INDIANAPOLIS (AP) — On the face of it, the battles between Democratic Schools Superintendent Glenda Ritz and supporters and staff for Republican Gov. Mike Pence have been a unifying force for Indiana Democrats. But the scrapping has exposed a deep rift within the party over how students are educated.
Caucus elects Bionca Gambill to replace Rep. Kreg Battles
A caucus of precinct committee officials in House District 45 elected Bionca Gambill of southern Vigo County to replace retiring Rep. Kreg Battles in the legislature, and will be sworn in on June 17. She will also serve as the Democratic nominee for the seat in the general election. Gambill will face Republican Bruce Borders on the Nov. 4 ballot.
Sentencing overhaul passes Indiana Legislature
INDIANAPOLIS (AP) — A sweeping overhaul of Indiana’s criminal sentencing law is on its way to Gov. Mike Pence for final approval.
Indiana lawmakers eyeing roads, preschool deals
INDIANAPOLIS (AP) — Votes on deals to spend heavily on new road construction and a preschool pilot program are expected to dominate the final day of this year’s legislative session in Indiana on Thursday, March 13.
Where no one follows the law
Loughmiller’s Pub across Washington Street from the Statehouse is a favorite hangout for legislators and lobbyists who like the tavern’s menu of gourmet burgers and craft beers. State police are regular lunch customers, as are state officials who regulate the sale of alcohol.
Changed wording to SJR-9 delays debate on right to hunt, fish
A much-debated ban on same-sex marriage wasn’t the only proposed constitutional amendment to get knocked off of this November’s ballot. Gone, too, is the less contentious proposal to protect Hoosiers’ right to hunt and fish.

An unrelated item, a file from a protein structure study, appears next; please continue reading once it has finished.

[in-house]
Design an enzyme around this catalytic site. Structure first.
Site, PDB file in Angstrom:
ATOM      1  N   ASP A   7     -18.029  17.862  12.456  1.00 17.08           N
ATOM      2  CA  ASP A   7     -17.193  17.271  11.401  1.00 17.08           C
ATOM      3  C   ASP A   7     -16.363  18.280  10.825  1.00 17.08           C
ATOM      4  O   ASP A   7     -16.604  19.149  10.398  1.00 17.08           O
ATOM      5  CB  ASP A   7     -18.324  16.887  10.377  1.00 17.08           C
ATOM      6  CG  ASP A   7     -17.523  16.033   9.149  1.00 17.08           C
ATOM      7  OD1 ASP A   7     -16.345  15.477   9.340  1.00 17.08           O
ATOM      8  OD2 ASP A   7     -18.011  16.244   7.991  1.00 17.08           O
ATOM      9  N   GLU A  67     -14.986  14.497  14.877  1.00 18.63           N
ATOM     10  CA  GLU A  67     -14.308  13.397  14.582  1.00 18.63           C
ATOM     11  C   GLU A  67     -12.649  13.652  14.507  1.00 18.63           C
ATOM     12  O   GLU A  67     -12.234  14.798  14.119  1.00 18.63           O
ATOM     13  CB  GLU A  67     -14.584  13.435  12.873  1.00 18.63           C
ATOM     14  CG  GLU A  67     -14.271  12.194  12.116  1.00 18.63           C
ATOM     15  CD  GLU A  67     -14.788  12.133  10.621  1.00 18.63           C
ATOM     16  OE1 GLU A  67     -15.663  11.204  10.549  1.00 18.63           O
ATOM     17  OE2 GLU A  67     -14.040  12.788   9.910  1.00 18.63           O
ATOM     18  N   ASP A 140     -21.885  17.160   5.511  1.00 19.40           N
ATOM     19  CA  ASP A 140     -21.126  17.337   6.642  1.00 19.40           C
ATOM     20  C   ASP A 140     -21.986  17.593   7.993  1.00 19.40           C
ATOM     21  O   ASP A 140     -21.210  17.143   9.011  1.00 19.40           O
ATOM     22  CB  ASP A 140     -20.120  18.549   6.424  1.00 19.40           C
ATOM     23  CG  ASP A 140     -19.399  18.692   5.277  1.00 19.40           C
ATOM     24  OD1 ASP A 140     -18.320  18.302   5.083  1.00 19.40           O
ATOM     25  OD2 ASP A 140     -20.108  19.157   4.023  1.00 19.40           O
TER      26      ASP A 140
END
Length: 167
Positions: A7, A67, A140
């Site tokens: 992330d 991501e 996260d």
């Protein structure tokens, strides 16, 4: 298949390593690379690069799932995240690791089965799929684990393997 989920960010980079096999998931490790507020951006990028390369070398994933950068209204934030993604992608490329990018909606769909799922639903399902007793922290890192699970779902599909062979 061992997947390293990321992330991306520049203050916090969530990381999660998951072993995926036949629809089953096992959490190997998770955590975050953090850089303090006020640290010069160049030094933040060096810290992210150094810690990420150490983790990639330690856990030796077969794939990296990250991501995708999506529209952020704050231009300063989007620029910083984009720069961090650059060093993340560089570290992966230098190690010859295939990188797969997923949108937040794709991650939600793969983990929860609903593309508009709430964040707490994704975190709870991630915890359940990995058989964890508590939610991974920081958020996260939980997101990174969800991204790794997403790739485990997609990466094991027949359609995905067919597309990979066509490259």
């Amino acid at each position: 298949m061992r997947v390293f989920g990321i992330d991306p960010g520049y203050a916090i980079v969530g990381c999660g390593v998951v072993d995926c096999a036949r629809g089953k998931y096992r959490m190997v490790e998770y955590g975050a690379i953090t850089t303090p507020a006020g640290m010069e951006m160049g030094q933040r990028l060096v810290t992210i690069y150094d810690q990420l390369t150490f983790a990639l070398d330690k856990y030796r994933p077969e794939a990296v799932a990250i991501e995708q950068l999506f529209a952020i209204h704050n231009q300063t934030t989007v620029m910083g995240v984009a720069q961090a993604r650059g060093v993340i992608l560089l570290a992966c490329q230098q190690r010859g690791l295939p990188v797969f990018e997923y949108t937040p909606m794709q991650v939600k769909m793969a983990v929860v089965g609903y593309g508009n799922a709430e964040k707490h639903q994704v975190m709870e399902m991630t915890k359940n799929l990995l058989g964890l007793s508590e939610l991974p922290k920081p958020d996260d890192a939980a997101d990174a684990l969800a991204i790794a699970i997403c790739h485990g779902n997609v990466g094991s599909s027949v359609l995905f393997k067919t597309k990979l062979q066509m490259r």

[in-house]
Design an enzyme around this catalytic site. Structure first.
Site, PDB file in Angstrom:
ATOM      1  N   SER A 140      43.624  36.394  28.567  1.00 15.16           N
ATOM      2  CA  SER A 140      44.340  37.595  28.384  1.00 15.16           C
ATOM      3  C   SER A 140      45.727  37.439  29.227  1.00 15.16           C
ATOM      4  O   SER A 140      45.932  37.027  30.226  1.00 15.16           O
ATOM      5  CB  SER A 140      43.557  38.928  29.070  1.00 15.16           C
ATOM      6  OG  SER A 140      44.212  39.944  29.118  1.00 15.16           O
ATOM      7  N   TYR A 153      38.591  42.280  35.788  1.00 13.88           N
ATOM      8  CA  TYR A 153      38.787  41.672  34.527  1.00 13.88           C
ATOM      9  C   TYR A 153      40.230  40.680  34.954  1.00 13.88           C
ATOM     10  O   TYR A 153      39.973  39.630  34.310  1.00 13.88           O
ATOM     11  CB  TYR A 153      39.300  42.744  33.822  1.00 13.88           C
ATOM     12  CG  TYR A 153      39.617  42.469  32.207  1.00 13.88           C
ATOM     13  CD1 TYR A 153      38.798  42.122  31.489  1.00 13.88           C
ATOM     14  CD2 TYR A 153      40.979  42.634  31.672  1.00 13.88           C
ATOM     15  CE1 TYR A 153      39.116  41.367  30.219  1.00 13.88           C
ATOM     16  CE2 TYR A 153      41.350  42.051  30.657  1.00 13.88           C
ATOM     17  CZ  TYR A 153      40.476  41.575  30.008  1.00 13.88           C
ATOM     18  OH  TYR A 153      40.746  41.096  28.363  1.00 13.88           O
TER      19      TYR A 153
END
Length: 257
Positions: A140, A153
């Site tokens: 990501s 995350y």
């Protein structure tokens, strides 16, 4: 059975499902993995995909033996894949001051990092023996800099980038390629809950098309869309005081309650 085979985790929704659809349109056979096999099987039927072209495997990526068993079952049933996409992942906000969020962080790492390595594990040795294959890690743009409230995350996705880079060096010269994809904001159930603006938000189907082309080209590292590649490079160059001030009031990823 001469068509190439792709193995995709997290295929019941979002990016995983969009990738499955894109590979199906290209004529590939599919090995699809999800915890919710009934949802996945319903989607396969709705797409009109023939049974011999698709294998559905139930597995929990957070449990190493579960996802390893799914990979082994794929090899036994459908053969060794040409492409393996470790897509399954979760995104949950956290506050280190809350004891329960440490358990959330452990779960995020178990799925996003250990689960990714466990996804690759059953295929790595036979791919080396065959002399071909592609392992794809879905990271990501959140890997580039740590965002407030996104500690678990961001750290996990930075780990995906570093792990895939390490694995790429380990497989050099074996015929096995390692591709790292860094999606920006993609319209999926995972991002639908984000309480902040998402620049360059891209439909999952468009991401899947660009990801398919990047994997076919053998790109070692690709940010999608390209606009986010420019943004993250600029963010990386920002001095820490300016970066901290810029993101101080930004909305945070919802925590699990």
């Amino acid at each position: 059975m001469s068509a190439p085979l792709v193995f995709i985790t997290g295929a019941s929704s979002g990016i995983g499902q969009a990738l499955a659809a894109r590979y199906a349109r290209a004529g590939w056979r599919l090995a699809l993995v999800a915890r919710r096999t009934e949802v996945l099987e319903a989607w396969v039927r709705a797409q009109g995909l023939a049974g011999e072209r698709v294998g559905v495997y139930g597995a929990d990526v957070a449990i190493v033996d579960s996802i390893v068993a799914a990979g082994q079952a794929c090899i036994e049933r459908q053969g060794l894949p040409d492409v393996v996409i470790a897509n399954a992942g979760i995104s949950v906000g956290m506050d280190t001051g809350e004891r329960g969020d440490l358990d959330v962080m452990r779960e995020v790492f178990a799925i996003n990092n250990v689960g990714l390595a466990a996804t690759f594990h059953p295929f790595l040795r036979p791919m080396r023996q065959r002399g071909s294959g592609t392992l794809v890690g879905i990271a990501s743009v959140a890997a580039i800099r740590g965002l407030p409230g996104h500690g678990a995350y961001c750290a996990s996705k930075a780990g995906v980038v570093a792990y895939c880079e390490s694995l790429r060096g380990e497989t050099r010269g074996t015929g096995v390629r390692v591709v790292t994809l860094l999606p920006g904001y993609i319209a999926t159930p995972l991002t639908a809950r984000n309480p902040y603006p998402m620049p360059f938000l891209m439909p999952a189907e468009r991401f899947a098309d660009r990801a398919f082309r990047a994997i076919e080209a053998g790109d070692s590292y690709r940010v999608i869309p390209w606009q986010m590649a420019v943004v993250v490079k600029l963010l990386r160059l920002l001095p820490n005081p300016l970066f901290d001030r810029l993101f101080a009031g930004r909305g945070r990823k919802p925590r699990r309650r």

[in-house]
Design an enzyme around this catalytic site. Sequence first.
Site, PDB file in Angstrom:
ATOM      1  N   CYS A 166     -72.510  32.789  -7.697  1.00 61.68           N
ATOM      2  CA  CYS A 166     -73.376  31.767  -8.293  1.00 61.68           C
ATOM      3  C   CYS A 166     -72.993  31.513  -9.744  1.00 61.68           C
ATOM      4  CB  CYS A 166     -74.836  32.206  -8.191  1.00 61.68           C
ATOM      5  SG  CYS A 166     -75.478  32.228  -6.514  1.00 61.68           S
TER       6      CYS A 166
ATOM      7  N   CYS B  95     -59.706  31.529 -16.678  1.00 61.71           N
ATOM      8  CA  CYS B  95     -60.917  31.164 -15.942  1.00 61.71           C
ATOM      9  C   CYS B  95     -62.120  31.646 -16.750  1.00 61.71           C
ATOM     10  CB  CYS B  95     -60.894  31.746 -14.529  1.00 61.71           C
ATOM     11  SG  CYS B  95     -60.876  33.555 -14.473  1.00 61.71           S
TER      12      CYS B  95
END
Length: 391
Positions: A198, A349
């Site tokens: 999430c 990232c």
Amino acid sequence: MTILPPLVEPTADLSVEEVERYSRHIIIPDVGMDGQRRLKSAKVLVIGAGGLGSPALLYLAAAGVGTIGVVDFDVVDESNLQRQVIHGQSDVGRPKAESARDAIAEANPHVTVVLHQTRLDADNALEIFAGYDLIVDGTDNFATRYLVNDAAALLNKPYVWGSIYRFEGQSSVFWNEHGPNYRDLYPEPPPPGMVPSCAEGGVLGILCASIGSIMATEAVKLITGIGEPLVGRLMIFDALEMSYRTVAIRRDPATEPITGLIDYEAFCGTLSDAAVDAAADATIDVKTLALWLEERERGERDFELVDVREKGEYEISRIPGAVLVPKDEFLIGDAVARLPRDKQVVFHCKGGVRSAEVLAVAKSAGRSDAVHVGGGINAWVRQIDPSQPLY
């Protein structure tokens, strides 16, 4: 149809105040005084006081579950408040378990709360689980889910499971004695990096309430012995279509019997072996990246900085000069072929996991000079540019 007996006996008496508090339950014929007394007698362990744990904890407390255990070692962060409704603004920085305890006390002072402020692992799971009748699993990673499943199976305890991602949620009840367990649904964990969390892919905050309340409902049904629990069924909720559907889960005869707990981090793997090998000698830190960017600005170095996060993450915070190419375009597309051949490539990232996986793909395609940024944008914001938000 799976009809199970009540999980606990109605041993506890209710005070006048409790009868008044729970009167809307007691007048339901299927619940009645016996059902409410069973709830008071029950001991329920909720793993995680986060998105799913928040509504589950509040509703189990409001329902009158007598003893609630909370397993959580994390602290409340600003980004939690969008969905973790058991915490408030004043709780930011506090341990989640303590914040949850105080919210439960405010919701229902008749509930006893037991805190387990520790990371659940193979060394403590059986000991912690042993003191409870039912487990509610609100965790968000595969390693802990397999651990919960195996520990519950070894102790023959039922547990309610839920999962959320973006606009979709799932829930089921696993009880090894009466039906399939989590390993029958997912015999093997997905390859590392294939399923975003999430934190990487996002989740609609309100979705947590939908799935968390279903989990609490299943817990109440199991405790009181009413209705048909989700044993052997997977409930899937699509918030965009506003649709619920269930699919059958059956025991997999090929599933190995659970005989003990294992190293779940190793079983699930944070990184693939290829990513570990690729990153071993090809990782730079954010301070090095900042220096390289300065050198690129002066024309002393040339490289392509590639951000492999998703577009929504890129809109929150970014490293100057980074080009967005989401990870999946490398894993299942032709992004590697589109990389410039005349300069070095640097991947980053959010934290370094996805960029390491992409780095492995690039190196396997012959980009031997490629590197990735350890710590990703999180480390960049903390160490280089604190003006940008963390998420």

Valley lawmakers assess legislative session’s trials, tribulations
As state legislators head into the final week of the state legislative session, five of them from the Wabash Valley met with citizens Saturday at the Vigo County Public Library in downtown Terre Haute and engaged in conversation about the “ups and downs” of the recent session.
Bill for welfare drug testing in negotiation
INDIANAPOLIS (AP) — Two Indiana lawmakers trying to pass a bill requiring drug tests for some welfare recipients say they have passed voluntary drug tests.
Indiana lawmakers approve police education bill
INDIANAPOLIS (AP) — New standards for police cultural sensitivity training and reporting of bullying-related suicides could become law pending the governor’s approval.
Same-sex marriage tax benefits up for Indiana vote
INDIANAPOLIS (AP) — A gay-rights coalition says it’s “deeply concerned” about a late-session Indiana proposal not to recognize same-sex marriage for tax purposes.
Olympic medalists could get Indiana tax break
INDIANAPOLIS (AP) — Olympic medalists from Indiana could soon get a tax break on the value of their medals and any prize money.
Indiana House backs study of teen sexual assaults
INDIANAPOLIS (AP) — The Indiana House is backing a plan to study the number of teen sexual assaults and rapes in the state.
Indiana State Fair 1 of only 2 without alcohol
INDIANAPOLIS (AP) — This state’s distinction of having one of the last dry state fairs could end if legislation clears the Indiana House.
Senate panel limits release of Indiana roads money
INDIANAPOLIS (AP) — An Indiana Senate panel is limiting the amount of money that would be released from a fund for road projects in the coming year.
Indiana House committee votes to nix Common Core